Moody's assigns Baa1 rating to Russian Railways' domestic bonds.
Moody's Investors Service has today assigned a Baa1 rating with a stable outlook to the following outstanding issuances of RUB-denominated domestic bonds by Russian Railways JSC (Baa1 stable):
Series 07 of RUB5 billion initial face value due in November 2012
Series 09 of RUB15 billion initial face value due in November 2013
Series 10 of RUB15 billion initial face value due in March 2014
Series 11 of RUB15 billion initial face value due in November 2015
Series 12 of RUB15 billion initial face value due in May 2019
Series 13 of RUB15 billion initial face value due in March 2014
Series 14 of RUB15 billion initial face value due in April 2015
Series 15 of RUB15 billion initial face value due in June 2016
Series 16 of RUB15 billion initial face value due in June 2017
Series 17 of RUB15 billion initial face value due in July 2018
Series 18 of RUB15 billion initial face value due in July 2019
Series 19 of RUB10 billion initial face value due in July 2024
Series 23 of RUB15 billion initial face value due in January 2025
Series BO-01 of RUB15 billion initial face value due in December 2012
The Baa1 rating assigned to the bonds is equivalent to the senior unsecured issuer rating of Russian Railways and its other outstanding senior unsecured debt instruments rated by Moody's. The Baa1 rating reflects Moody's assumption that the bonds rank pari passu with Russian Railways' other unsecured and unsubordinated financial indebtedness (apart from any obligations mandatorily preferred by law).
As Russian Railways is a 100% state-owned company, Moody's applies its rating methodology for government-related issuers (GRIs) in determining the company's issuer rating. According to this methodology, the rating is driven by a combination of (i) Russian Railways' baseline credit assessment (BCA) of 10 (mapping to Baa3); (ii) the Baa1 local currency rating of the Russian government; (iii) the high default dependence between the company and the government; and (iv) the high probability of state support in the event of financial distress.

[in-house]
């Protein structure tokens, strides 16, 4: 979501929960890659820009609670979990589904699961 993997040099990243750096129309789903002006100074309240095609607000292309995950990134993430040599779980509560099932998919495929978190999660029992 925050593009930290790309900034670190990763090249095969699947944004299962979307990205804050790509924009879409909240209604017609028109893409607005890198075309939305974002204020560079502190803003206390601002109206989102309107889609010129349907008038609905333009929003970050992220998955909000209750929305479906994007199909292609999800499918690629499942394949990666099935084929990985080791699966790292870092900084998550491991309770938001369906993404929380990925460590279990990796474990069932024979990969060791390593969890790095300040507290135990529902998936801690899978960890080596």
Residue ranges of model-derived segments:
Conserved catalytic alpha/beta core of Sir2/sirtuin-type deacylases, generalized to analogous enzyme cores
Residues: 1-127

Russian Railways' BCA factors in (i) its strategic importance to the domestic economy and close link with the government; (ii) its status as the monopoly owner and provider of rail infrastructure services in Russia and its leadership in the domestic railway sector; (iii) measures introduced by the government to support the company's operations in weak economic conditions; (iv) management's successful efforts to manage Russian Railways' financial profile and liquidity during the recent crisis; and (v) management's commitment to a rather conservative financial policy, including maintaining an unadjusted net debt/EBITDA ratio of less than 2.0x.
However, the BCA remains constrained by the risks surrounding the evolution of Russian Railways' credit profile in the medium and longer term, given the company's (i) exposure to Russia's commoditised economy;
(ii) substantial investment needs; and (iii) dependence on the government's ability and willingness to maintain a tight link between Russian Railways' investments, tariff decisions and additional compensatory instruments.
The stable outlook incorporates Moody's expectation that (i) the Russian government will continue to support Russian Railways; and (ii) the company will maintain debt/EBITDA and EBITA/interest coverage ratios of less than 2.5x and more than 3.0x, respectively, on a consolidated adjusted basis.
WHAT COULD CHANGE THE RATING UP/DOWN
Upward pressure on Russian Railways' ratings is unlikely at present, given that the company's rating is at par with the rating of the Russian government. However, Moody's would consider raising Russian Railways' BCA over the next 12-18 months provided that (i) the economic situation in Russia and conditions in the freight transportation market prove to be stable; (ii) the government's decisions on tariffs and subsidies for 2013 remain supportive for Russian Railways; and (iii) the company is able to keep its consolidated adjusted total debt/EBITDA below 2.0x on a sustainable basis, while maintaining strong liquidity.
Moody's would consider downgrading Russian Railways' ratings if its standalone credit quality (BCA) deteriorates materially, driven by a reduction in government support or by a significant weakening of the rail transportation market, such that the company's (i) cash flow generation ability is reduced; (ii) leverage, measured as consolidated adjusted total debt/EBITDA, exceeds 2.5x; and (iii) interest coverage falls below 3.0x on a sustainable basis. Downward pressure could also be exerted on the ratings if the company's liquidity position becomes materially weakened. In addition, Russian Railways' ratings would be downgraded if the rating agency were to (i) downgrade the rating of the Russian government; or (ii) review downwards its assessment of the probability of the government providing extraordinary support to the company in the event of a financial distress.
Russian Railways is the 100%-state-owned monopoly owner and operator of Russia's rail infrastructure and provider of freight and passenger rail transportation services. At end-2010, the group had approximately 1.2 million employees. Russian Railways reported revenue of RUB1.334 billion
(USD43.8 billion) in 2010, with cargo transportation services accounting for around 75% of that revenue.
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